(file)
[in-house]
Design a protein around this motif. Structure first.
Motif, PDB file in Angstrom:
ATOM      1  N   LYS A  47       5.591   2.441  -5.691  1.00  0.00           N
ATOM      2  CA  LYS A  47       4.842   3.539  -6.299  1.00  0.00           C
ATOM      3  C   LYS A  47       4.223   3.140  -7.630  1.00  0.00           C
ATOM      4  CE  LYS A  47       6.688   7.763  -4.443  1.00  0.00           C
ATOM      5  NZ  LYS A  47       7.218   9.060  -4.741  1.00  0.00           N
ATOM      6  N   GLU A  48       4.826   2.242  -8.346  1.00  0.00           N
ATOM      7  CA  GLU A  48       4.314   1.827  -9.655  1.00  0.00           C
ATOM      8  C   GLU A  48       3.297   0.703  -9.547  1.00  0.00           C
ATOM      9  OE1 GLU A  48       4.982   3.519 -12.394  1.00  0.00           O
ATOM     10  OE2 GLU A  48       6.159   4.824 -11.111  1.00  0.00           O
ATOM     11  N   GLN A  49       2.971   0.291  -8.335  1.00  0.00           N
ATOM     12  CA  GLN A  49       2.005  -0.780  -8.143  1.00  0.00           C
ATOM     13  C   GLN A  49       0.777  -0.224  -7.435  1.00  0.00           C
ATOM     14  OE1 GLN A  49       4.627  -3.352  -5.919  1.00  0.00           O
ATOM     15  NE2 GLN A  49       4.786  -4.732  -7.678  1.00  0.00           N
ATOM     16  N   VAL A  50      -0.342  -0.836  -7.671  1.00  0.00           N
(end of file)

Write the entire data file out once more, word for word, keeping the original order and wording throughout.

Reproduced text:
[in-house]
Design a protein around this motif. Structure first.
Motif, PDB file in Angstrom:
ATOM      1  N   LYS A  47       5.591   2.441  -5.691  1.00  0.00           N
ATOM      2  CA  LYS A  47       4.842   3.539  -6.299  1.00  0.00           C
ATOM      3  C   LYS A  47       4.223   3.140  -7.630  1.00  0.00           C
ATOM      4  CE  LYS A  47       6.688   7.763  -4.443  1.00  0.00           C
ATOM      5  NZ  LYS A  47       7.218   9.060  -4.741  1.00  0.00           N
ATOM      6  N   GLU A  48       4.826   2.242  -8.346  1.00  0.00           N
ATOM      7  CA  GLU A  48       4.314   1.827  -9.655  1.00  0.00           C
ATOM      8  C   GLU A  48       3.297   0.703  -9.547  1.00  0.00           C
ATOM      9  OE1 GLU A  48       4.982   3.519 -12.394  1.00  0.00           O
ATOM     10  OE2 GLU A  48       6.159   4.824 -11.111  1.00  0.00           O
ATOM     11  N   GLN A  49       2.971   0.291  -8.335  1.00  0.00           N
ATOM     12  CA  GLN A  49       2.005  -0.780  -8.143  1.00  0.00           C
ATOM     13  C   GLN A  49       0.777  -0.224  -7.435  1.00  0.00           C
ATOM     14  OE1 GLN A  49       4.627  -3.352  -5.919  1.00  0.00           O
ATOM     15  NE2 GLN A  49       4.786  -4.732  -7.678  1.00  0.00           N
ATOM     16  N   VAL A  50      -0.342  -0.836  -7.671  1.00  0.00           N